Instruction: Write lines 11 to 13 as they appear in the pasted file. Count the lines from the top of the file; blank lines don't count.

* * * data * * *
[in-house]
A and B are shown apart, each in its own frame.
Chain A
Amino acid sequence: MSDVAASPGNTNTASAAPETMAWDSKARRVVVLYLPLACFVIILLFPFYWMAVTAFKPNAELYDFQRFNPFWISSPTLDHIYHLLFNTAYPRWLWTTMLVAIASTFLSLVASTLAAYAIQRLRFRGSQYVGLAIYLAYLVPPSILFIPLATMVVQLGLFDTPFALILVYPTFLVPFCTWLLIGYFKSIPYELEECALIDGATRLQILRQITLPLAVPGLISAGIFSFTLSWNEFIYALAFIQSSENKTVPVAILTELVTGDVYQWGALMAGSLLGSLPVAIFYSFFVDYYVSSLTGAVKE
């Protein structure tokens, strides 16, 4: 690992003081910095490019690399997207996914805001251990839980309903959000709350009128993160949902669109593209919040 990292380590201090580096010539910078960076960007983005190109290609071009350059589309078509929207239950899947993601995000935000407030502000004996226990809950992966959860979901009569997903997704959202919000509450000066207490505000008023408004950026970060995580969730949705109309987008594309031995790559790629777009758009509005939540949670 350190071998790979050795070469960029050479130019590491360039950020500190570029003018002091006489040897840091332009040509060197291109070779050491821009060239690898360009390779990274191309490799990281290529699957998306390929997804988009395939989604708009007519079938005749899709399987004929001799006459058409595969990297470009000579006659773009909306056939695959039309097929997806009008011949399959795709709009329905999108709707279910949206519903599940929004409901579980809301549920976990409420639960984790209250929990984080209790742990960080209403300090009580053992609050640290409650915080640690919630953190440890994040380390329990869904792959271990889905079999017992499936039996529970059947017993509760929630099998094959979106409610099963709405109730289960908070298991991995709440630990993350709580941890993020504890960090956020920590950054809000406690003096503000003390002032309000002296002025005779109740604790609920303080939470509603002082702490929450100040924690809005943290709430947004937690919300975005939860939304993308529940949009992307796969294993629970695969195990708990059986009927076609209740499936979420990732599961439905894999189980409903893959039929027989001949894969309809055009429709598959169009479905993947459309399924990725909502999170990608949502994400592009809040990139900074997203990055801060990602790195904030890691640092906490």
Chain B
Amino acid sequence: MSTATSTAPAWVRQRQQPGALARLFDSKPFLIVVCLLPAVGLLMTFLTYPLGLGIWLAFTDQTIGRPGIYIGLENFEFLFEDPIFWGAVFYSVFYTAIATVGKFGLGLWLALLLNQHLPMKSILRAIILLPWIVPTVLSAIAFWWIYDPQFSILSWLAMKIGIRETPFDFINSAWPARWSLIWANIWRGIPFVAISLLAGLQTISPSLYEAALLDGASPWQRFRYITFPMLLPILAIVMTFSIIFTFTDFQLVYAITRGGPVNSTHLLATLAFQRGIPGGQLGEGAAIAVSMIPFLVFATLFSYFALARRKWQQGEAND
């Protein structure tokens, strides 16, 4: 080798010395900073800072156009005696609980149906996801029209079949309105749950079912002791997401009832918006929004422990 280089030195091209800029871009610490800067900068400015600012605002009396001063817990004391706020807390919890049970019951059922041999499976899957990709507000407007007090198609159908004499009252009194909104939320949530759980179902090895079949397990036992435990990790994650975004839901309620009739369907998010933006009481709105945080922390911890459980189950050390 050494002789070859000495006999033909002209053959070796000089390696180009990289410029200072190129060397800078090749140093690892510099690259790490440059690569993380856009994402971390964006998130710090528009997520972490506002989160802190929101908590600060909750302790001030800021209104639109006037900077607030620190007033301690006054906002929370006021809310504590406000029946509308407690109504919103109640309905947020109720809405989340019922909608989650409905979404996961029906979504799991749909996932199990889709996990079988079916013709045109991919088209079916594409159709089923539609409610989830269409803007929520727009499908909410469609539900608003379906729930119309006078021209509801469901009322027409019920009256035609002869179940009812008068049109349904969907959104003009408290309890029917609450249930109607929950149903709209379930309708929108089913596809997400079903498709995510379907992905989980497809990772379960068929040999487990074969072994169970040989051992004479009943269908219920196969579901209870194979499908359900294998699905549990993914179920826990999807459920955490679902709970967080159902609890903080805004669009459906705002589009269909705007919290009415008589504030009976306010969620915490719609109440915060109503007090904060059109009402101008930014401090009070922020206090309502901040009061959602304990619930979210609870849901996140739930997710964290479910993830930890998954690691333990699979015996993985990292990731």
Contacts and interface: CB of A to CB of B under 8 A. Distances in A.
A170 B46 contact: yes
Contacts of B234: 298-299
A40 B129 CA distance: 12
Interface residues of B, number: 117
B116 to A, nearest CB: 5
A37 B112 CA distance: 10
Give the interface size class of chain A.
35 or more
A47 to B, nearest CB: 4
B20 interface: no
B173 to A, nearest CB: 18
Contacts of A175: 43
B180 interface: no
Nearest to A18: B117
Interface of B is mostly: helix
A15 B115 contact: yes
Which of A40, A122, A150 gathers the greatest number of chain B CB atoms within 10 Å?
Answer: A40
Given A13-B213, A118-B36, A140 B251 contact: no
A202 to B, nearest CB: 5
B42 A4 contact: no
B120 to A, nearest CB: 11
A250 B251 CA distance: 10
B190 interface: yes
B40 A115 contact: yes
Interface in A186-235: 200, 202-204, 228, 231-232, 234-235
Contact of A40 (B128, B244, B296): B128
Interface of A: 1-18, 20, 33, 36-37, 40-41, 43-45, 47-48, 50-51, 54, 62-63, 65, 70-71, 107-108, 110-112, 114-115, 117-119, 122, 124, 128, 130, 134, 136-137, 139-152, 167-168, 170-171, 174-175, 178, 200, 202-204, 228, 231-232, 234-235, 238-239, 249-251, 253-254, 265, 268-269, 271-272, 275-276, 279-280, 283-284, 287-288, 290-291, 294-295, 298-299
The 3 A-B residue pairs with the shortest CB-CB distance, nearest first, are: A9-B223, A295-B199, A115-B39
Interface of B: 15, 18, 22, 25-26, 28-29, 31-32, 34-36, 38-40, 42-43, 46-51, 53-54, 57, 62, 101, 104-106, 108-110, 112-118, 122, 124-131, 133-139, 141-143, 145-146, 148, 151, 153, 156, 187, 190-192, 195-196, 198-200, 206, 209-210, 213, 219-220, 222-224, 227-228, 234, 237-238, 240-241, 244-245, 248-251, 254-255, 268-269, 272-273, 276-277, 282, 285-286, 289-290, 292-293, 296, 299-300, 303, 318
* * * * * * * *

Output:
Contacts of B234: 298-299
A40 B129 CA distance: 12
Interface residues of B, number: 117